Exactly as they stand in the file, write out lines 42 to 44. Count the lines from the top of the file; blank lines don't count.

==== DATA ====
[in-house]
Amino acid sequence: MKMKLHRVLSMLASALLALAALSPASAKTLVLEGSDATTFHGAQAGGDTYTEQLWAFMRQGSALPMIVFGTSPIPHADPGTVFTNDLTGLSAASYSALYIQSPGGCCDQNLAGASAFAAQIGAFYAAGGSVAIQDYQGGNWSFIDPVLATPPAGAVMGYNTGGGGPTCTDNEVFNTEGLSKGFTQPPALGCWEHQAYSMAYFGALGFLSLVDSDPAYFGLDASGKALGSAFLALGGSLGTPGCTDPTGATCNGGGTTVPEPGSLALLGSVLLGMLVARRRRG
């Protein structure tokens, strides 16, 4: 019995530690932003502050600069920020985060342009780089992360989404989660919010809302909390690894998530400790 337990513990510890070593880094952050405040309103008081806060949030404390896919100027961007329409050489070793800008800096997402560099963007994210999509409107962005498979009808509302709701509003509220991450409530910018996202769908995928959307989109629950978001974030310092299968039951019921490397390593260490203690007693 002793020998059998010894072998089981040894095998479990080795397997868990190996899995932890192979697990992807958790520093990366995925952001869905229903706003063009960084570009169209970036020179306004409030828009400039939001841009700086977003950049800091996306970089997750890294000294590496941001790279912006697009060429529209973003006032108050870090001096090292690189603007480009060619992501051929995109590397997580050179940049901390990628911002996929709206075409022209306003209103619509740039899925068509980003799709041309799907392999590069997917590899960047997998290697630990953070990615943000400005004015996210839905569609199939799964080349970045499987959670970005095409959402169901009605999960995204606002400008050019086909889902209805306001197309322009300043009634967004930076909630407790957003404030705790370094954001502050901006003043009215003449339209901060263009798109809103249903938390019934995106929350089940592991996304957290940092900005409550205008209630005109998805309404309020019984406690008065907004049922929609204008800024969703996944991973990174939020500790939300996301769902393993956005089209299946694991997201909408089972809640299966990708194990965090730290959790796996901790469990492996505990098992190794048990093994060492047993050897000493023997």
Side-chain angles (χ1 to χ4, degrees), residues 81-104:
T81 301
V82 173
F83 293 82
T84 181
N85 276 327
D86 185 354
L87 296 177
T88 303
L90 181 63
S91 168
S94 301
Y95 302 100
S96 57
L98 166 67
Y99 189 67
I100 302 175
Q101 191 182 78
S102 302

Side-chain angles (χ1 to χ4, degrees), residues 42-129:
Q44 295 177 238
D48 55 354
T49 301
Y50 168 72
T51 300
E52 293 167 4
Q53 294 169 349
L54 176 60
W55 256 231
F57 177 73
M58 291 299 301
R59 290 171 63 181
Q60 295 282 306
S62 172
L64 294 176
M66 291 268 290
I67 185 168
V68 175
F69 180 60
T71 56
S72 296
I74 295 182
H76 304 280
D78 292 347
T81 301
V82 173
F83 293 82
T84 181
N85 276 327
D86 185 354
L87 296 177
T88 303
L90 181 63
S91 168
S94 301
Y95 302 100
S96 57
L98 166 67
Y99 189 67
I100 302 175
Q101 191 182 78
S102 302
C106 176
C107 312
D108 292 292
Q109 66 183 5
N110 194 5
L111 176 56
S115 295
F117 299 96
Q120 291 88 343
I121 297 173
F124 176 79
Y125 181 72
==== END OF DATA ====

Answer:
F69 180 60
T71 56
S72 296